In an interview with the West Block‘s Mercedes Stephenson, political scientist Barry Cooper from the University of Calgary said the term minimizes the frustrations of Albertans and Western Canadians while at the same time showing that those in Ottawa are failing to grasp the underlying anger.
“There’s been a long train of abuses on Western Canada,” said Cooper, who was also thesis adviser to Stephenson.
“It’s not alienation. That’s what Laurentian Canadians project as a kind of psychological problem that Western powers have [but] they understand perfectly well that their interests are not being looked after by the Government of Canada. Simple as that.”
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Alberta’s economic reliance on the oil sector has left the province struggling to recover from the dive in oil prices that began roughly five years ago and worsened as the landlocked province’s oil sector cut production amid a glut of supply it could not get to international markets.
Without access to international markets, Alberta crude is captive to the American market and sells there for a deep discount that costs the industry billions in lost revenue potential every year.
But in order to reach those other markets, it needs to ship its oil either by pipeline or by rail to tidewater — and getting buy-in from other provinces and Indigenous communities has proved a years-long struggle.
Most recently, the uncertainty around the potential to complete the Trans Mountain pipeline expansion resulted in Kinder Morgan abandoning the project and selling its existing infrastructure to the Canadian government, which now owns the pipeline.
Despite nationalizing the pipeline, though, construction has been stalled after a Federal Court injunction ordering the government to reassess the environmental impacts and Indigenous consultation around the expansion project.
After doing so, the federal government is now expected to make a decision about how to move forward with the project in June.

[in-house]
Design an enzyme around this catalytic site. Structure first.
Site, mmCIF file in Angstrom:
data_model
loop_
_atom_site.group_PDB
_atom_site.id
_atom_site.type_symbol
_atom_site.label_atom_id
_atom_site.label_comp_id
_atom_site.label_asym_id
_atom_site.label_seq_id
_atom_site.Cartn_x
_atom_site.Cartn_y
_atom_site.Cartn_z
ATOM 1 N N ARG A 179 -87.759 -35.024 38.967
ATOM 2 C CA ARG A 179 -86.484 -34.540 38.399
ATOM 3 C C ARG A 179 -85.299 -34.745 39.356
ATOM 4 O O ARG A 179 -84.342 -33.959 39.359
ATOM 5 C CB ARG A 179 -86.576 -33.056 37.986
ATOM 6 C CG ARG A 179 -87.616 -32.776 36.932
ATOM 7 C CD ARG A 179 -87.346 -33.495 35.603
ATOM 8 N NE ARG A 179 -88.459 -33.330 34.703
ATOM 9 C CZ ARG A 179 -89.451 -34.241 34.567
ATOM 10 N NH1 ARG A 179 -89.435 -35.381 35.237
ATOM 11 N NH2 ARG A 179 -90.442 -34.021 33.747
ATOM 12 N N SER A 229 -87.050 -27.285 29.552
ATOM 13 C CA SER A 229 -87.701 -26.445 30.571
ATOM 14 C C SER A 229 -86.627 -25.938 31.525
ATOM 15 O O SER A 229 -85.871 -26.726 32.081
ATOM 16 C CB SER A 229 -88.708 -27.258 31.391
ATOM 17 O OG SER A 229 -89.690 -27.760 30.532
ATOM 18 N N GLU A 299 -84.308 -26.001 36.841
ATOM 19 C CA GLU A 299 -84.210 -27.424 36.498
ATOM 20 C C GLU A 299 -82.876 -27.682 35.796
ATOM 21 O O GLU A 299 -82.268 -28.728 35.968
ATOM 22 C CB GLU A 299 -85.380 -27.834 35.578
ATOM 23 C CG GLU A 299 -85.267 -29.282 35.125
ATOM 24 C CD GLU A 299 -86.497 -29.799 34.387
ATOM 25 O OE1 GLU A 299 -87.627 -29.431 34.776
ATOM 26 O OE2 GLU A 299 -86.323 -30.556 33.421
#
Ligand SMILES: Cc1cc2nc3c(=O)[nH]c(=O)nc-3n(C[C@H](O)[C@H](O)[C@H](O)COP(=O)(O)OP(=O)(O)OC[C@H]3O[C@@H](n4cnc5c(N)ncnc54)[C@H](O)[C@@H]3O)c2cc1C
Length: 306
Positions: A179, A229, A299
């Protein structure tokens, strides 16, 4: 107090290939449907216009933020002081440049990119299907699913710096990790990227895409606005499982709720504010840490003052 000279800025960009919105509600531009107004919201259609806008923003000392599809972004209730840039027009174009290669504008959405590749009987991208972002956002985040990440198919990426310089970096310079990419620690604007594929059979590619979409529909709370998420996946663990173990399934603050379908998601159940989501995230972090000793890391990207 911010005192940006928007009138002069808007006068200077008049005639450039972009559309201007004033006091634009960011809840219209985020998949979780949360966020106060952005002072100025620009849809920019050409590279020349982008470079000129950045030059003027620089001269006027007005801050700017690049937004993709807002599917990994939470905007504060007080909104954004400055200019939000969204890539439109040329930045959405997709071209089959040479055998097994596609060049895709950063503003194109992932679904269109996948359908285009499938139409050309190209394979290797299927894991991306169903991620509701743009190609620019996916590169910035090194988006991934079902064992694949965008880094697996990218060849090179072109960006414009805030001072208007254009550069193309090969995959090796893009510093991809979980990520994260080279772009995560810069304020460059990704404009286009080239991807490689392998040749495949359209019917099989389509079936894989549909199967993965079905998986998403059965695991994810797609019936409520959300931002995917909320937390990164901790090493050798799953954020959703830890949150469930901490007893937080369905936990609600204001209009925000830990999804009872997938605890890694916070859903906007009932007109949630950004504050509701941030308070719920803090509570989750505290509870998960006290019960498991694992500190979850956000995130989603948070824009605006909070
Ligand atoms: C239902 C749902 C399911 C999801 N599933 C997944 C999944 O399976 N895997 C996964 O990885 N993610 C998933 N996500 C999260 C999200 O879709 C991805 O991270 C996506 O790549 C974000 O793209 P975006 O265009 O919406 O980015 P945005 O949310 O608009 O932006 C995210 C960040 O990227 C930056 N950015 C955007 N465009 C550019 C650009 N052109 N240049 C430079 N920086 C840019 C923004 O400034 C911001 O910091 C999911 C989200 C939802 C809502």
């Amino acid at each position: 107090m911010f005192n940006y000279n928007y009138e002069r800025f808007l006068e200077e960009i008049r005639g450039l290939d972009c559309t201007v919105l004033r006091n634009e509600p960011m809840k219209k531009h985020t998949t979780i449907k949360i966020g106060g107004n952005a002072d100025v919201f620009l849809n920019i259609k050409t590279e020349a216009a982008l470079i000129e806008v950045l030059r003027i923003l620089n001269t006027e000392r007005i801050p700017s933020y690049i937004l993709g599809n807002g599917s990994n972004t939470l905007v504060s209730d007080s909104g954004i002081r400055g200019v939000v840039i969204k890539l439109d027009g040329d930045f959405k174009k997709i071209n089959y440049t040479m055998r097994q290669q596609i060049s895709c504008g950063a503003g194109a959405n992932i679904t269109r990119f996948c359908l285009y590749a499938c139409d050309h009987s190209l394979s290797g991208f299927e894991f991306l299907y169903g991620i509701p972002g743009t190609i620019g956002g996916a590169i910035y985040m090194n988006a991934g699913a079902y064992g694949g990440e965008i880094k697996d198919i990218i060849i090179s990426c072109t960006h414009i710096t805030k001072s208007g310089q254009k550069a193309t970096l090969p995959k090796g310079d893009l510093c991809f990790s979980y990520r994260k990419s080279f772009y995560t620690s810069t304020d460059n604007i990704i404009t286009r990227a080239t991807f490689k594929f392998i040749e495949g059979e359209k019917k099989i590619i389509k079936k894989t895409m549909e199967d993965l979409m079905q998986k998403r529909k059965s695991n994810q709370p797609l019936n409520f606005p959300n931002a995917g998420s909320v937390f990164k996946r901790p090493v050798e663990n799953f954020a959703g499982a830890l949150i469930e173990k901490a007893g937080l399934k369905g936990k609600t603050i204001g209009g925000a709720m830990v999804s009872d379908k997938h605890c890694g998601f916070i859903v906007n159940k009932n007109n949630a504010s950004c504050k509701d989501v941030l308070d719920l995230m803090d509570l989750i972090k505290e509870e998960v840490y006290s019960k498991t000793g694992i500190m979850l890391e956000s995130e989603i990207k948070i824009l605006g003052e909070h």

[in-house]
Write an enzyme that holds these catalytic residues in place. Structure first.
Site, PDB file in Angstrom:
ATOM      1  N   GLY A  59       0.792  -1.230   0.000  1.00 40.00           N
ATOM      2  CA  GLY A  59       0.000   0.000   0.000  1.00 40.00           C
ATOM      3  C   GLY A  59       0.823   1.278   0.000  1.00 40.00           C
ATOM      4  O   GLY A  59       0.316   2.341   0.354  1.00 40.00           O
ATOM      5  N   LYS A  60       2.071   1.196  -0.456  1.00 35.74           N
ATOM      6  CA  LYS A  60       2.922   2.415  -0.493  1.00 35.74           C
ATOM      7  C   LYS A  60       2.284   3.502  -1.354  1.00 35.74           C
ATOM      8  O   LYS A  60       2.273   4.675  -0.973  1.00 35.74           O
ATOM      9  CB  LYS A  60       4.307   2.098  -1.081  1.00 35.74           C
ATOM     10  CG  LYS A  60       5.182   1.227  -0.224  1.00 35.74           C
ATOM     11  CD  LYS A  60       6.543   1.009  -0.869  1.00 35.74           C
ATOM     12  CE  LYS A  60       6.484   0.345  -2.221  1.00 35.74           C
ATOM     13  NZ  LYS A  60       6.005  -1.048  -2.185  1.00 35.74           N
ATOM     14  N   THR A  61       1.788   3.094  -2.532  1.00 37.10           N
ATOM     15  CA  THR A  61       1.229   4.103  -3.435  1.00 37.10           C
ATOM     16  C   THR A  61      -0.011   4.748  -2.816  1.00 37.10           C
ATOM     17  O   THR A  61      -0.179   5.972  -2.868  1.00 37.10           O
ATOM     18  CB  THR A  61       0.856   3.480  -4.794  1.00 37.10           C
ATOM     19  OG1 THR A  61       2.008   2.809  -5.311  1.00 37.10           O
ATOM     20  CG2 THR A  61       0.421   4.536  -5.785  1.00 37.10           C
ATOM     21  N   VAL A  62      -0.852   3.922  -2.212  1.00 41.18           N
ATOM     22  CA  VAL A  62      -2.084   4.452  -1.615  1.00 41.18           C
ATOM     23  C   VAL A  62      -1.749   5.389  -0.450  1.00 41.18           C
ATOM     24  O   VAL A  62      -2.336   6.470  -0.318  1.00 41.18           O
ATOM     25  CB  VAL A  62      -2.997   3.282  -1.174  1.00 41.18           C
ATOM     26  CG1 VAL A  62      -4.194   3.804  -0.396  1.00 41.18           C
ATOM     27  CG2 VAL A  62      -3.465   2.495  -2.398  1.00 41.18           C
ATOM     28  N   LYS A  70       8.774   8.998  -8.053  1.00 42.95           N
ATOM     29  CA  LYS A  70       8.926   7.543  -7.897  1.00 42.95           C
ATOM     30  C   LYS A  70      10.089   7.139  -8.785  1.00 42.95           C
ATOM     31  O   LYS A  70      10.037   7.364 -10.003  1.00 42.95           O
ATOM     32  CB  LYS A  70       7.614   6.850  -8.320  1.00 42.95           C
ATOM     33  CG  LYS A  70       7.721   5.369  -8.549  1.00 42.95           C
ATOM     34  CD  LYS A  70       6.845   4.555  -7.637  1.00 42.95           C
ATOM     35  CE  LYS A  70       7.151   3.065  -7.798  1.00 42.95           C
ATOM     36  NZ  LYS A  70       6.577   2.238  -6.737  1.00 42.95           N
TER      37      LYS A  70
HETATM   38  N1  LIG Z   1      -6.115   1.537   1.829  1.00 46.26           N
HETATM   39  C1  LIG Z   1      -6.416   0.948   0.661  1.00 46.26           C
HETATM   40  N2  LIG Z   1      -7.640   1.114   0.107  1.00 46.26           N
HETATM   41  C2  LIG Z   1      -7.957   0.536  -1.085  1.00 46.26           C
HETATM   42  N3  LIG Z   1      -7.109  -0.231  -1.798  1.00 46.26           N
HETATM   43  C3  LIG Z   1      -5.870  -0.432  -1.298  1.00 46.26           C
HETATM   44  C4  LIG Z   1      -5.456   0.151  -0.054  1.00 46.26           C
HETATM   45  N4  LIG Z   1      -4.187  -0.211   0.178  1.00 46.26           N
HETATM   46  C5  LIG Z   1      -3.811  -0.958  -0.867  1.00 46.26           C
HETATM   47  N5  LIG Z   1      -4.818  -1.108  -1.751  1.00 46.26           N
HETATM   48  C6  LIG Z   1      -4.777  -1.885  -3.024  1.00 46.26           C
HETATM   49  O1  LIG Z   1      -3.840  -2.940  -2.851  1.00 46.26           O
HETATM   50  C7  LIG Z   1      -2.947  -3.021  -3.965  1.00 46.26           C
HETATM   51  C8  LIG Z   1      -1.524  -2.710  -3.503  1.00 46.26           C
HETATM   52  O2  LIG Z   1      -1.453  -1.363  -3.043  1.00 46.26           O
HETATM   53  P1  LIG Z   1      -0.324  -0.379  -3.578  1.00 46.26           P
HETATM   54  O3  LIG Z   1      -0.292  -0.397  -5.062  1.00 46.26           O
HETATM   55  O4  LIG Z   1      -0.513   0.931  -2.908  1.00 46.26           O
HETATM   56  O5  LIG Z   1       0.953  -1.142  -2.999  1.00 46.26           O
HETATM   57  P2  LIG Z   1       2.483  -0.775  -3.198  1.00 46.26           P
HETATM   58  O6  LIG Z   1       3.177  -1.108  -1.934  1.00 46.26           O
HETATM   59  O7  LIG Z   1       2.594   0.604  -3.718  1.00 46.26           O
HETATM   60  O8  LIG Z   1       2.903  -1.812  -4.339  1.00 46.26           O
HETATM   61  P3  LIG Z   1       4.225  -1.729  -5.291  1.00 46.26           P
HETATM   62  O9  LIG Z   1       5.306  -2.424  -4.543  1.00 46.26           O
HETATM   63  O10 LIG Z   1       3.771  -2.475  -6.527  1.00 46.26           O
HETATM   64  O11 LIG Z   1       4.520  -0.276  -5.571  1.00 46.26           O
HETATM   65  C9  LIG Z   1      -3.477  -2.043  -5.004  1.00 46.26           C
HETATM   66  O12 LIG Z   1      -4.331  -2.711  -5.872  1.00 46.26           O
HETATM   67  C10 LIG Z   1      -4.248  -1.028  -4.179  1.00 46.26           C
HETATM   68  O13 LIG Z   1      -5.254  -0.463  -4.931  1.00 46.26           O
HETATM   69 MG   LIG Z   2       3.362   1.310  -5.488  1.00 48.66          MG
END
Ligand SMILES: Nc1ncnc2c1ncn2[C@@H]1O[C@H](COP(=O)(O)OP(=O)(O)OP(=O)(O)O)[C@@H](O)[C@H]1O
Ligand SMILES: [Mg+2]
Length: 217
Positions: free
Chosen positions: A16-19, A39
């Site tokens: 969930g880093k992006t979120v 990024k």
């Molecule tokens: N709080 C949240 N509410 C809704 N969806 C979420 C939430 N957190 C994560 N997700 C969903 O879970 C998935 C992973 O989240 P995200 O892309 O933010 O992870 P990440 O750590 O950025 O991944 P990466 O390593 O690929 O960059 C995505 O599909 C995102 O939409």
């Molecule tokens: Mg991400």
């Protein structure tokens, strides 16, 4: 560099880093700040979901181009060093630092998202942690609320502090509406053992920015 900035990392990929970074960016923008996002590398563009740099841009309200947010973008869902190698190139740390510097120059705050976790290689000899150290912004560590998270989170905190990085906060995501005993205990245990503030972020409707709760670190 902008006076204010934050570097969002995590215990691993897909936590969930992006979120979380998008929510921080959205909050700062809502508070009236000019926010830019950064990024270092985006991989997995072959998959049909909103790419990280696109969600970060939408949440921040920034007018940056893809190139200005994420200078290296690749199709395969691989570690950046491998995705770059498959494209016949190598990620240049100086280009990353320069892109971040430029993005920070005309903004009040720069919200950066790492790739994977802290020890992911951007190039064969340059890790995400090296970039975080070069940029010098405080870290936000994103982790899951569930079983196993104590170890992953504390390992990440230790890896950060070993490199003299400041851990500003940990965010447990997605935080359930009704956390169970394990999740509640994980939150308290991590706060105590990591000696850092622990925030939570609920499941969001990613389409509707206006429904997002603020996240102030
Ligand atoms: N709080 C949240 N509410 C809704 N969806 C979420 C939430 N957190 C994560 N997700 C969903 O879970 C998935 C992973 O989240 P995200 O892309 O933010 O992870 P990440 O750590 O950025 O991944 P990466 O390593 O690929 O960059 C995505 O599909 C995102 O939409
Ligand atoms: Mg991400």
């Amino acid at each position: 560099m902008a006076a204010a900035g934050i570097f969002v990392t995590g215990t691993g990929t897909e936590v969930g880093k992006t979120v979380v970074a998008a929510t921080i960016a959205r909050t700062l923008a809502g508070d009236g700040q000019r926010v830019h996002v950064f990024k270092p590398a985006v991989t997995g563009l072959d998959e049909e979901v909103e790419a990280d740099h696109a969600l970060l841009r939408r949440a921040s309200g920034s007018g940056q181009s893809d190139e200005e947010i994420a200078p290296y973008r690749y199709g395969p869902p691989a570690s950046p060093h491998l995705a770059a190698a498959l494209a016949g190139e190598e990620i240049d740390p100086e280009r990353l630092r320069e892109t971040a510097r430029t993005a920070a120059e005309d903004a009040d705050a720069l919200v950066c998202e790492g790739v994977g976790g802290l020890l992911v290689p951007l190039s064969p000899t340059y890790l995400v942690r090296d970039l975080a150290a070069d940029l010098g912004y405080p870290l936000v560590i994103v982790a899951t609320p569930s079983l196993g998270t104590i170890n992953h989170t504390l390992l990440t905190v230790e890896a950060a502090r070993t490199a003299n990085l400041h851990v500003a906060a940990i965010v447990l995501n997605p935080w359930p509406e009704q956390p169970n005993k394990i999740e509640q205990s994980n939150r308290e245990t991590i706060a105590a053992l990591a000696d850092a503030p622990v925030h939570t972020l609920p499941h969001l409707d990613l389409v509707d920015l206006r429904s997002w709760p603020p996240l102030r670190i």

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However, the continued delays and uncertainty around when the expansion will be built has only fuelled anger among Albertans, with an Environics Institute poll in March suggesting resentment toward the rest of the country in Alberta is at an all-time high.
That poll said 71 per cent of Albertans feel they are not getting the respect their province deserves, while a majority of respondents in that province, as well as neighbouring Saskatchewan, said they get so few benefits from Confederation that they might as well secede.
Newly sworn-in Alberta Premier Jason Kenney harnessed that anger in the recent provincial election and during a visit to Ottawa last week when he framed the federal government’s environmental regulations on the energy sector as a threat to national unity.
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Cooper said there’s no sign those feelings are going to go away any time soon and will likely only worsen under the Liberals because even though the former Conservatives also could not get the Trans Mountain expansion built, their vision for the country mainly left Alberta to handle its own affairs.
“[Former prime minister Stephen] Harper had a vision of federalism where you pretty much left the provinces alone,” he said.
“This government does not have a vision of leaving Alberta alone. The carbon tax is an attack on Alberta. The tanker ban is an attack on Alberta and Albertans understand that they’re not our friends. At least you can be disappointed with the Conservative government and a lot of people were, but they didn’t see them as the enemy.”
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